actors = Set.fromArray([actor1,actor1Duplicate,actor2])

The deduplication just works, passively, and not as a result of a function explicitly written for this single use case, but instead as a result of how the language was designed.

Language-level implementations also means uniformity. You can expect everyone’s code or library to behave similarly since they have access to the same set of data types and their corresponding operations. 
 

Immutability

Immutable variables are unchangeable. Because of this, your application can make guarantees about state. This allows for less bugs, better performance, and easier to debug code.

All data types in Mint are immutable by default:

numbers = [1,2,3]
numbers[0] = 100 /* won't work */
user = {name="user1",email="email@gmail.com"}
user.name = "simdi" /* won't work */


updatedUser = { user | name = "simdi", email="email@gmail.com" }
/* looks similar to the spread operator syntax:
const updatedUser = {...user, name:"simdi",email:"email@gmail.com"}
 */
updatedNumbers = Array.updateAt(0, (){100}, numbers)

Aside from Object.freeze, you’ll need additional third party libraries like immutable.js to use immutable data structures in your JavaScript code.

Functional programming

Mint implements a few functional programming ideas like partial application. Partial application allows you to lazily apply function parameters; you don’t need to call a function with all its arguments. Instead, when you call the function with less arguments than expected. It simply returns a new function with the remaining arguments. 

Here’s an example:

// partial application example
fun add(a, b){
a+b
}



add(5,1) == 6
increment = add(1)
decrement = add(-1)
increment(5) == 6
decrement(5) == 4

Partial application allows you to create specialized functions from general purpose ones. Doing this in JavaScript requires going through third party libraries. But Mint handles this without extra libraries.

Partial application amplifies another Mint feature: the pipe operator.

Pipe operator

Take a look at this code:

fun double(x:Number){x*2}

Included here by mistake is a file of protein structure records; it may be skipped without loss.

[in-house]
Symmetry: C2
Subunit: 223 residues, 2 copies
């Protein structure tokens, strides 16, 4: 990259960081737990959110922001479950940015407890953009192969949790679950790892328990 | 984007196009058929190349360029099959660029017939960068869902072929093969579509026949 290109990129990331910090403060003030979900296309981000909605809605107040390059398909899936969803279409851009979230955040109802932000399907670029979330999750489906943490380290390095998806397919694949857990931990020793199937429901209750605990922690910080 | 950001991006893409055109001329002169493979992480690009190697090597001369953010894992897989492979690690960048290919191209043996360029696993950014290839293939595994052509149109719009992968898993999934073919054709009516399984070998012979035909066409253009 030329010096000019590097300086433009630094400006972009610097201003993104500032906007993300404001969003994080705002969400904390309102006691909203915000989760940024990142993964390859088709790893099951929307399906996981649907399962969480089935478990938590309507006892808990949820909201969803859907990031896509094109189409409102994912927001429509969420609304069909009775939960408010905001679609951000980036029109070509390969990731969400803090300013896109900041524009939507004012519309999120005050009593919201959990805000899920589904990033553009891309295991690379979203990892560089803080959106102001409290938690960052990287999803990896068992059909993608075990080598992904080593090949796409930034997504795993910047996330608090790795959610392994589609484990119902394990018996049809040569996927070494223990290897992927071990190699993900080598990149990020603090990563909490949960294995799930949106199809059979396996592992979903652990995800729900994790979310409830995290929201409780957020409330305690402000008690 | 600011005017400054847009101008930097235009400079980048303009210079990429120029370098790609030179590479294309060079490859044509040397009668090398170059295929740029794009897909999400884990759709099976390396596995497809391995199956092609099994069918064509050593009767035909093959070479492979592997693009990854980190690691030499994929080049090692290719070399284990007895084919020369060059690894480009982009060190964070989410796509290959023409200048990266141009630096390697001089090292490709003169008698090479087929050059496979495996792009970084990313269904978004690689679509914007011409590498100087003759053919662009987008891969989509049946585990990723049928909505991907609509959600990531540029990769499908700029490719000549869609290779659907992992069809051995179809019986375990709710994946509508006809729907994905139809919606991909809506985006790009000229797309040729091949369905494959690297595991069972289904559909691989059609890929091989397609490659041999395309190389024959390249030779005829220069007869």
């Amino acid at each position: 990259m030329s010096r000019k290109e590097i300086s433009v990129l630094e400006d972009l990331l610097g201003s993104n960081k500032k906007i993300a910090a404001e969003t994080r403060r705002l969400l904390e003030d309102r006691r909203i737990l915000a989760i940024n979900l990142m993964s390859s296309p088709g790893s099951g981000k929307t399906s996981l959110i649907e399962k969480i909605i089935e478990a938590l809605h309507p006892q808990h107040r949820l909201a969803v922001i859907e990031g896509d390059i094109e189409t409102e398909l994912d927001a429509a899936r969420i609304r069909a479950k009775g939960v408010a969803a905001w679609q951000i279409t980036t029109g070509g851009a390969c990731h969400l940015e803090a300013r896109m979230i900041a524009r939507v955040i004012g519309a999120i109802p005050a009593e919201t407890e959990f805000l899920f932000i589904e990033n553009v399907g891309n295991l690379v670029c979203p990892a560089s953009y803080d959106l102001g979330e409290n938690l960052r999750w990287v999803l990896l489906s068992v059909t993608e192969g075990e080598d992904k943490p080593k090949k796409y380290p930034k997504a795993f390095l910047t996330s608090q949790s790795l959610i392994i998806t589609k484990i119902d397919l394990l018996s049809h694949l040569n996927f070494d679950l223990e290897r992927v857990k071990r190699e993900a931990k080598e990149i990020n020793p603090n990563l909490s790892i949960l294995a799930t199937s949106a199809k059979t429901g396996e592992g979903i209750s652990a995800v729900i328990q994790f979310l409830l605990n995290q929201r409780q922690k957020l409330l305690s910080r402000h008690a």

fun add(x, y){}
fun boundScore(min,max, score){}

x = boundScore(0,10, add(5, double(score)))

Mint allows you to simplify it to the following:

fun double(x:Number){x*2}
fun add(x, y){}
fun boundScore(min,max, score){}


x = score
    |> double
    |> add(5) /* partial application */
    |> boundScore(0, 10)

This |> syntax is called a pipe operator, it allows you to “pass” a value along a chain of functions. And if you’ve noticed, the functions double, add and boundScore are partially applied, since they are called with less values than they have. Partial application and the pipe syntax have synergy, and this synergy can’t be replicated with current JavaScript. 

To be fair there’s a TC39 proposal for adding a pipeline operator to JavaScript, which would do essentially the same thing as the pipe. However, it’s still in stage one, so unless you install the Babel plugin, you won’t be able to use it as no browser supports it.

Styling

Styles in Mint are declared with a style keyword. These styles are locally scoped to the component. You write styles using regular Sass syntax:

style buttonstyle  {
  padding: 2em;
  color: black;
  background-color:white;

  &:hover {
    background-color:black;
    color: white;
  }

}

These styles can be applied using the “::” expression:

<button::buttonstyle>"I am a button"</button>

Styles in Mint come with a few extra perks: string interpolation and style props. With string interpolation in styles, you can easily embed expressions that evaluate to the string type directly in your CSS definition. Style props allow passing parameters just like a function.

 Here’s an example:

style buttonStyle (primary: Bool, color: String, hoverColor: String) {
padding:2em;

color: #{color}; //String interpolation
background-color:white;

if (primary) {
background-color: blue;
}

&:hover {
background-color:black;